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Bruno Bonomo (Silvio Orlando) was a famous producer of b-movies in 70s; after a long hiatus, following the commercial fiasco of "Cataratte", Bonomo is going to be signed by RAI in order to produce a film about Cristoforo Colombo's homecoming. When the director Franco Caspio (Giuliano Montaldo) quits the project, Bonomo is forced to offer another screenplay to RAI, which is "Il Caimano" a screenplay he stumbled upon, written by the young director Teresa (Jasmine Trinca). The film-in-the-film is centered on the figure of Italy's prime minister and media tycoon Silvio Berlusconi, a subject so controversial that even the public television refuse to produce it. While Bonomo's private life collapses piece by piece, as he's divorcing from his wife (Margherita Buy), and the bank is pressing him hard to pay back his long-standing debts, he finds out that struggling to get this movie filmed is the only thing that keeps him alive. Written by
Il Caimano belongs to the Nanni Moretti style of film-making that I prefer, film-making with the imaginative uniqueness, delightfully neurotic smart-ass polemic and personal flair of Palombella Rossa, as opposed to the near-documentary style of the (albeit very pleasant, but a tad too autobiographical) Aprile, or the more traditional drama of La Stanza Del Figlio. Il Caimano opens with a sequence very reminiscent of Bianca: a grotesque Communist party gathering in what looks very much like a classroom from the "Marilyn Monroe" high school featured in that surreal 1983 movie. It's a scene from "Cataracts", a B-movie produced by Bruno Bonomo (played with gusto by Moretti regular, the Neapolitan actor Silvio Orlando), responsible also for such "gems" as "Assassin Mocassins", "Maciste against Freud" and "Susy the Misogynist". Bruno is a bumbling, likable fool of a producer on the brink of professional and marital failure (Margherita Buy, a delightful 40+ Italian actress perhaps best known outside of Italy for the female lead in Ozpetek's Le Fate Ignoranti, plays his estranged wife, Paola).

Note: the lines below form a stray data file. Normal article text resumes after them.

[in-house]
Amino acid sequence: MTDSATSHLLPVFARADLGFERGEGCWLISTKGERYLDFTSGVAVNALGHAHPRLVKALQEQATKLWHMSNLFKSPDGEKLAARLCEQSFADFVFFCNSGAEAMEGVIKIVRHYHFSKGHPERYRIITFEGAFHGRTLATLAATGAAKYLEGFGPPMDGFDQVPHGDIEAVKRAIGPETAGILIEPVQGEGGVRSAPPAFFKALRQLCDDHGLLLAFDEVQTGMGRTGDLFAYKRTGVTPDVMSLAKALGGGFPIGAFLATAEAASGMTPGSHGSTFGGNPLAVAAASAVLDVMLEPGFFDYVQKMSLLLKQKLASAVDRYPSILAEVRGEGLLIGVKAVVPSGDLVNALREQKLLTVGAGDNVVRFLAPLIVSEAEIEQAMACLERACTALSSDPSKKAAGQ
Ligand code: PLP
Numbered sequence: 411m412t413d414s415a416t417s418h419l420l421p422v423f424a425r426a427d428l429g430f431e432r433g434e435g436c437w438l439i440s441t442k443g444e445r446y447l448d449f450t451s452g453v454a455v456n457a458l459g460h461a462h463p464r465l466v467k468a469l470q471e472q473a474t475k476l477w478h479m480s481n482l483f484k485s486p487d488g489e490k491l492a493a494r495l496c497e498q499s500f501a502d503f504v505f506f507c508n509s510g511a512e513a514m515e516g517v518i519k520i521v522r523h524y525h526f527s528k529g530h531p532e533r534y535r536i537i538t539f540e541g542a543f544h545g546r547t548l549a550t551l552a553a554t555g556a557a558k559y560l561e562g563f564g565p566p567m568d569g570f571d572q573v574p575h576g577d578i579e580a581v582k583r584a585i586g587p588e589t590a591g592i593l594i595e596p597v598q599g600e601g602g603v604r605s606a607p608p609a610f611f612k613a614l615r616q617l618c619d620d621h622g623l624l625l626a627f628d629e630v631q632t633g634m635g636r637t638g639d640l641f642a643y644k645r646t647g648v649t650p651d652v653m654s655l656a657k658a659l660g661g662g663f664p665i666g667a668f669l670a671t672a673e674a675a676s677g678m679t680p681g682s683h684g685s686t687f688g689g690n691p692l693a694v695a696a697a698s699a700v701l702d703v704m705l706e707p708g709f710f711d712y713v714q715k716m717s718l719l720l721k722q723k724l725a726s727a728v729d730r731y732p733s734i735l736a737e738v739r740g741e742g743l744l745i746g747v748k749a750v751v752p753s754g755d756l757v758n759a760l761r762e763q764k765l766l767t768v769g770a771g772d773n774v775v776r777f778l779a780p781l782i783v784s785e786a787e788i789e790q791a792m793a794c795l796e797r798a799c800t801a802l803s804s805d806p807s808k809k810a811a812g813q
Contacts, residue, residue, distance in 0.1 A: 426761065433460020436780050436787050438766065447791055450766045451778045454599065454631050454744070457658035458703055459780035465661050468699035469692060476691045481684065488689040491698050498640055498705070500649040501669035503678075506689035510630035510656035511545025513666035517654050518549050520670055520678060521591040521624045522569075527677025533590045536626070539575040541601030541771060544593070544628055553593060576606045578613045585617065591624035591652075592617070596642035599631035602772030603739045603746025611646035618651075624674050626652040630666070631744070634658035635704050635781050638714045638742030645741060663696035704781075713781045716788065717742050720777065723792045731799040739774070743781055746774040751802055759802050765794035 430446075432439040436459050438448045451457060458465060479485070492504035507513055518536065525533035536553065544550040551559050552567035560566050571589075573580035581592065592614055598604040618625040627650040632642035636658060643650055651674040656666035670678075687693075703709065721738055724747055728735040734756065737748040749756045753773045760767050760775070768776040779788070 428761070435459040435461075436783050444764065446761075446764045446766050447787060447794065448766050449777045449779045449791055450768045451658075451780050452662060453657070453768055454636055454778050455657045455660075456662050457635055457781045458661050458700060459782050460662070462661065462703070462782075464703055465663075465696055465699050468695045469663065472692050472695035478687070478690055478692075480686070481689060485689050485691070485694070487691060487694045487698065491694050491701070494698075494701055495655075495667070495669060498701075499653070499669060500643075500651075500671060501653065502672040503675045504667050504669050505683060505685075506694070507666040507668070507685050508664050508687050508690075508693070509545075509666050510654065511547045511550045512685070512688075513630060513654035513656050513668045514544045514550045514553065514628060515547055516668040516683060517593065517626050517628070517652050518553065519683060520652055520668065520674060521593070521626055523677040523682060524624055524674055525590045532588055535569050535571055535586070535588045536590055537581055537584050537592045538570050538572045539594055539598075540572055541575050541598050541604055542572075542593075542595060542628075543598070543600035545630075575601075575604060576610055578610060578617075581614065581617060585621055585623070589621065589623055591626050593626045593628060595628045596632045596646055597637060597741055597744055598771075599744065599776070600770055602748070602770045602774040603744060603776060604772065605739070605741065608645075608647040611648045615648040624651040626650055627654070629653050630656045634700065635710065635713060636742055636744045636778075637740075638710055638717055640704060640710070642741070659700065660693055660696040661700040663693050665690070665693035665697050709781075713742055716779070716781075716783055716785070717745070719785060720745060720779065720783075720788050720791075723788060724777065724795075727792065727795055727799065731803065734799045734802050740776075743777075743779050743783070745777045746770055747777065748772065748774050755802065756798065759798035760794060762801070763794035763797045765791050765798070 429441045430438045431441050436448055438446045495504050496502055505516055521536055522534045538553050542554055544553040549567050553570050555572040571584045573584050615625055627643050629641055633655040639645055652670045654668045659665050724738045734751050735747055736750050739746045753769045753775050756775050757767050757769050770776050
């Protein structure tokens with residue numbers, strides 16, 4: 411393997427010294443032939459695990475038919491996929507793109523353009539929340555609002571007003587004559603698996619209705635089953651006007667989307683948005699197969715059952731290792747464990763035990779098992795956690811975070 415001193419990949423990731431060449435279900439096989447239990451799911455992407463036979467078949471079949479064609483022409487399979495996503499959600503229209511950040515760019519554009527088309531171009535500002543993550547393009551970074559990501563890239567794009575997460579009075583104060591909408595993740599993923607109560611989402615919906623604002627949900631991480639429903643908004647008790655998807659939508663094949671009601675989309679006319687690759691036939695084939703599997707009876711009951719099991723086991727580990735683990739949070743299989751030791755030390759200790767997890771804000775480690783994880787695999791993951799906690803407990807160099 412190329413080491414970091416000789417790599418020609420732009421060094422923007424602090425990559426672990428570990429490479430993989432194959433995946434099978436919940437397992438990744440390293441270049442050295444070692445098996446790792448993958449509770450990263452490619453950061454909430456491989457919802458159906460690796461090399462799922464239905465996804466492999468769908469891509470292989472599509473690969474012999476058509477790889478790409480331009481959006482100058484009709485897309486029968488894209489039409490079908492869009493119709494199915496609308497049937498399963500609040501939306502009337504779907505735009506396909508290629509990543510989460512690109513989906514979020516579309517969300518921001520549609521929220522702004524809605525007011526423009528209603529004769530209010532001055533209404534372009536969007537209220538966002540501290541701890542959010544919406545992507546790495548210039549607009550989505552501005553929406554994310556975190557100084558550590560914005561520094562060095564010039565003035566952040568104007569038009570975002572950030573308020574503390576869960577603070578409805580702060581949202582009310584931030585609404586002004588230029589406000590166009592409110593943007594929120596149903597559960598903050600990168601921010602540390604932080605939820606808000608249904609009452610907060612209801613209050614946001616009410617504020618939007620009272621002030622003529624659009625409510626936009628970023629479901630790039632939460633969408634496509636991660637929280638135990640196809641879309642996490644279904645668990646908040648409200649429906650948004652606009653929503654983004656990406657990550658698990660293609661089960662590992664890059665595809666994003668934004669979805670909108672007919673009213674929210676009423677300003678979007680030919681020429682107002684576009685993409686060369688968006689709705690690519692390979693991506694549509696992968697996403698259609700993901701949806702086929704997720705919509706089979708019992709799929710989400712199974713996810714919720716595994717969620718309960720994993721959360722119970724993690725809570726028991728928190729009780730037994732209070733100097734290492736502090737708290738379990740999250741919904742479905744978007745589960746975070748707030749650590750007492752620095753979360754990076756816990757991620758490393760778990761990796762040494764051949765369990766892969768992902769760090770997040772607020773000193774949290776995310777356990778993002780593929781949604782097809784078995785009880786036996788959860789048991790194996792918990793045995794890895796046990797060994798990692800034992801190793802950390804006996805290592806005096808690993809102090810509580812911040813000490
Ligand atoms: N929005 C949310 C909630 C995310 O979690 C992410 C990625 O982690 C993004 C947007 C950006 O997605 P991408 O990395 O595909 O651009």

One night, while settling into the lonely, make-shift bed Bruno sets up for himself in his office in the first phase of his marital separation, he is deeply struck by a screenplay a young director, Teresa, has given him in the hope of funding her first full-length feature, Il Caimano... Absurdly, Bruno decides to produce it without having read the screenplay in its entirety and more importantly, before having realised that "the caiman" of the title was none other than Berlusconi! Though this may surprise some, as Moretti himself has famously said, this movie isn't really about Berlusconi. This said, the sequences in which Bruno imagines some scenes from Teresa's movie do indeed re-enact familiar episodes in the rise to wealth and power of Italy's richest citizen, most notably the court-room scenes (at one point the Berlusconi character is accused of "going into politics in order not to go to jail"). Not to mention some real footage including Berlusconi's "joke" regarding a German member of the European Parliament being "perfect" for the role of a Nazi guard in a film (as an Italian citizen re-watching such footage makes you want to be instantly swallowed by the depths of the earth, but it's actually worth staying on the surface just to study the look of stunned, mortified, murderous embarrassment spreading onto Fini, Italy's then-vice-PM's face as his "boss" cracks the infamous "joke"!). Nanni's (as opposed to Teresa's) Il Caimano is about the creative process of an artist. It's also a disillusioned comment on a certain kind of Italian left-wing citizen that has arisen from Berlusconi's Italy, whom Nanni's cameo character in the movie describes in less than flattering terms for their spinelessness and pettiness. Artistic integrity, the power of money (not just Berlusconi's, but what wealth stands for in the creative process), and last but not least, personal and artistic success and failure are also other important themes present in the movie. Some comments on this board also include homosexuality and gay parenting as a theme of the movie, but to me these two elements were included into the story in such a matter-of-fact way, that they were no more thematic than a Julia Roberts romantic comedy is about heterosexuality.